A research program to study the conversion of coal to low Btu gas has been undertaken since May 1982 at the Twin Cities Research Center, US Department of Interior, Bureau of Mines. The test facility includes a 6-foot, 6-inch Wellman Galusha, single stage, fixed-bed atmospheric gas producer, a cyclone dust collector and a combustion chamber. In addition, a wet scrubber/electrostatic precipitator and a Stretford desulfurization unit are installed on the slip stream. Program objectives require that the fuel gas be well characterized and certain aerosol and particle measurement problems had to be solved to achieve these goals. In this paper, two such problems are described together with the methods of solution and some preliminary results.
|Original language||English (US)|
|Title of host publication||Journal of Aerosol Science|
|Number of pages||4|
|State||Published - 1984|
|Event||Aerosols in Sci, Med and Technol - Munich, W Ger|
Duration: Sep 14 1983 → Sep 16 1983
|Other||Aerosols in Sci, Med and Technol|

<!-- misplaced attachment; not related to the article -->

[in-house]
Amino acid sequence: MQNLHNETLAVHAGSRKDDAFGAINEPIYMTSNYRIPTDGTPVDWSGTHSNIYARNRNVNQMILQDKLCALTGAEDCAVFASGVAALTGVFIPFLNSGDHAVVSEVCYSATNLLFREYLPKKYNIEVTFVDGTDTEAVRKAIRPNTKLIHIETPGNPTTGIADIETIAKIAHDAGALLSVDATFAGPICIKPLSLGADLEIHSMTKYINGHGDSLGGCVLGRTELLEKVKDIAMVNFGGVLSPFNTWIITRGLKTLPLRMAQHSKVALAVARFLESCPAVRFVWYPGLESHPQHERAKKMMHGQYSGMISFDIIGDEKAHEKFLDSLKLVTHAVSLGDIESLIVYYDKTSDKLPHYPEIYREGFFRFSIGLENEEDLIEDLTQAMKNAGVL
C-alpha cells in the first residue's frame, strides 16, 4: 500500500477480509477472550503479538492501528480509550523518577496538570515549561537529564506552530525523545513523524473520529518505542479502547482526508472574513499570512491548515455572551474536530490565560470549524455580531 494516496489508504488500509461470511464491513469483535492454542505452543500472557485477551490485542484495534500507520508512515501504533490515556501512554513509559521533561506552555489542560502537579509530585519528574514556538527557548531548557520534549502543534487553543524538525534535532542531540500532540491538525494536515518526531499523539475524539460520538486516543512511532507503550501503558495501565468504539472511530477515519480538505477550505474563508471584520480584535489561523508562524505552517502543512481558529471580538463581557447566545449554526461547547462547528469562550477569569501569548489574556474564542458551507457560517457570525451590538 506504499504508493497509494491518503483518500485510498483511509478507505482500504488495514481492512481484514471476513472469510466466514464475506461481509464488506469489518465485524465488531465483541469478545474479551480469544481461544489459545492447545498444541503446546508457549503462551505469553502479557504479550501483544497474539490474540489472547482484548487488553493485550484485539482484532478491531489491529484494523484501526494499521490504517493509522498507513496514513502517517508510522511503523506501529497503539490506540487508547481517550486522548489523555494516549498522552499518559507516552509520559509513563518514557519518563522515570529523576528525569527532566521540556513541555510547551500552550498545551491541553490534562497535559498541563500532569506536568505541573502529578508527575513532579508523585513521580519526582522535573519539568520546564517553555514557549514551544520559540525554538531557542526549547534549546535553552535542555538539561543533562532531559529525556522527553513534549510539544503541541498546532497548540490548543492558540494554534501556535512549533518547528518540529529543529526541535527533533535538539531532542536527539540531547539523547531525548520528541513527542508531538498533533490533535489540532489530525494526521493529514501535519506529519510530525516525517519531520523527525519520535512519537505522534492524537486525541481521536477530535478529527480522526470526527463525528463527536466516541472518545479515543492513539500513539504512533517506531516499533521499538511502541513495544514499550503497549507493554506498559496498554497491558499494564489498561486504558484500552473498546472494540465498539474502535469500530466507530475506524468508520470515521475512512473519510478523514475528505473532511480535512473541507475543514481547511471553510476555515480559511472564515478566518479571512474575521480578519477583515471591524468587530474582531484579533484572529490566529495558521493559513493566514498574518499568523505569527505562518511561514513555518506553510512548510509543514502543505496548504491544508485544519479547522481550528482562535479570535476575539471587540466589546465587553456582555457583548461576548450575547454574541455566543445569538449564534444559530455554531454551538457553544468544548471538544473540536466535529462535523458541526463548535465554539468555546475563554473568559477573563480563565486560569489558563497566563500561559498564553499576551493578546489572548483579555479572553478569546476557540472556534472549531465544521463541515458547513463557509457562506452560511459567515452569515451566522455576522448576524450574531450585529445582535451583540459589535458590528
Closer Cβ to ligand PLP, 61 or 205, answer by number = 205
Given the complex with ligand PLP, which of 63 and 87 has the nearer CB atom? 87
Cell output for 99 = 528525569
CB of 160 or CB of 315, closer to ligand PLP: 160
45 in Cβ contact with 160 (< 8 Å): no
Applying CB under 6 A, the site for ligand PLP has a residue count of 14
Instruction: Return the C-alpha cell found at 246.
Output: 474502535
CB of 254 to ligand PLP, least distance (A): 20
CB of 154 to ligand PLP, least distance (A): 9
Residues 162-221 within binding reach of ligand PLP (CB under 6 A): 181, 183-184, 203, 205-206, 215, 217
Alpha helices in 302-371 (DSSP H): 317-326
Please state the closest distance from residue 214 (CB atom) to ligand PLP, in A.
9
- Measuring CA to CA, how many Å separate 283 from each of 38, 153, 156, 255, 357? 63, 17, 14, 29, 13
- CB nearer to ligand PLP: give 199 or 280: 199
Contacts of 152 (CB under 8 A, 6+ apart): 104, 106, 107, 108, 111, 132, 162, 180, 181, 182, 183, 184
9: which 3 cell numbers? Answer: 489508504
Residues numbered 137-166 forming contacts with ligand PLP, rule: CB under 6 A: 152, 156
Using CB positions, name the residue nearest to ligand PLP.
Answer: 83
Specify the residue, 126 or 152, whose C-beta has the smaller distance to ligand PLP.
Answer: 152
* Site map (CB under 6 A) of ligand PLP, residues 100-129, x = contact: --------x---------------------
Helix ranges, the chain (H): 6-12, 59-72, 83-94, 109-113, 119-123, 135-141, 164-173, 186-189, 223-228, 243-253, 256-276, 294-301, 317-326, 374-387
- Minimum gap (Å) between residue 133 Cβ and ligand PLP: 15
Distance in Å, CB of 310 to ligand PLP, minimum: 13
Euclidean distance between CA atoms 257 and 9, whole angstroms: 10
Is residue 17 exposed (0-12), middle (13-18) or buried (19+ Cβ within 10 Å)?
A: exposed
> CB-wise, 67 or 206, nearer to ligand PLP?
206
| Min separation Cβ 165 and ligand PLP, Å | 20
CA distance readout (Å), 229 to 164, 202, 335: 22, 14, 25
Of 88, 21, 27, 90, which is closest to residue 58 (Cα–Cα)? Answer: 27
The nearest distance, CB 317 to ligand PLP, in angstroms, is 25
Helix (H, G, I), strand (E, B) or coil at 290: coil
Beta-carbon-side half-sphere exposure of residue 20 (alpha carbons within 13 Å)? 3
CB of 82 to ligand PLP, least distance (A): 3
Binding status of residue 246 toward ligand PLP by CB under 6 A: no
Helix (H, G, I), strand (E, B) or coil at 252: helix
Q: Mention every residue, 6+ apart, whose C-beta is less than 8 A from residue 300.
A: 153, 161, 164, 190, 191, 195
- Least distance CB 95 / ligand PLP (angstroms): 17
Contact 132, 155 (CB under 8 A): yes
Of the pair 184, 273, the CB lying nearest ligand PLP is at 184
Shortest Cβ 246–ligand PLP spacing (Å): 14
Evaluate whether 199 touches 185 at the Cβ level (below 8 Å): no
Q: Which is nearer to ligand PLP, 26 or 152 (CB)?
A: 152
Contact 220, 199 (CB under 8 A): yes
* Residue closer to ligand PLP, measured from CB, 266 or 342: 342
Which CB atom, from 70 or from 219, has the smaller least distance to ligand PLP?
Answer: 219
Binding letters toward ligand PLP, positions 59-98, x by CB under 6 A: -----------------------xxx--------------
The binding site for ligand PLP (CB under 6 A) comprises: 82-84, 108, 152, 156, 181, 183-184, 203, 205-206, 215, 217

|City||Munich, W Ger|
|Period||9/14/83 → 9/16/83|
Bibliographical noteFunding Information:
Figure 2 shows typical tar and water concentrations in the producer gas for a sub-bituminous coal. Tar concentrations of 30-35 g/m 3 were observed. About 70 ° o of this tar self-nucleated and was collected by the electrostatic precipitator. Thus the aerosol concentration leaving the condenser was in the range of 20-25 g/m 3 With bituminous coal the concentrations are even higher and may exceed 50 g,m 3. These extremely high particle * Particle Technology Laboratory Publication No. 500. ÷ On leave from Denver Research Institute. Denver, Colorado. :l: Bureau of Mines Contract No. H0222001, Bureau of Mines--Department of Energy lnteragency Agreement DE-AI21-77ET10205.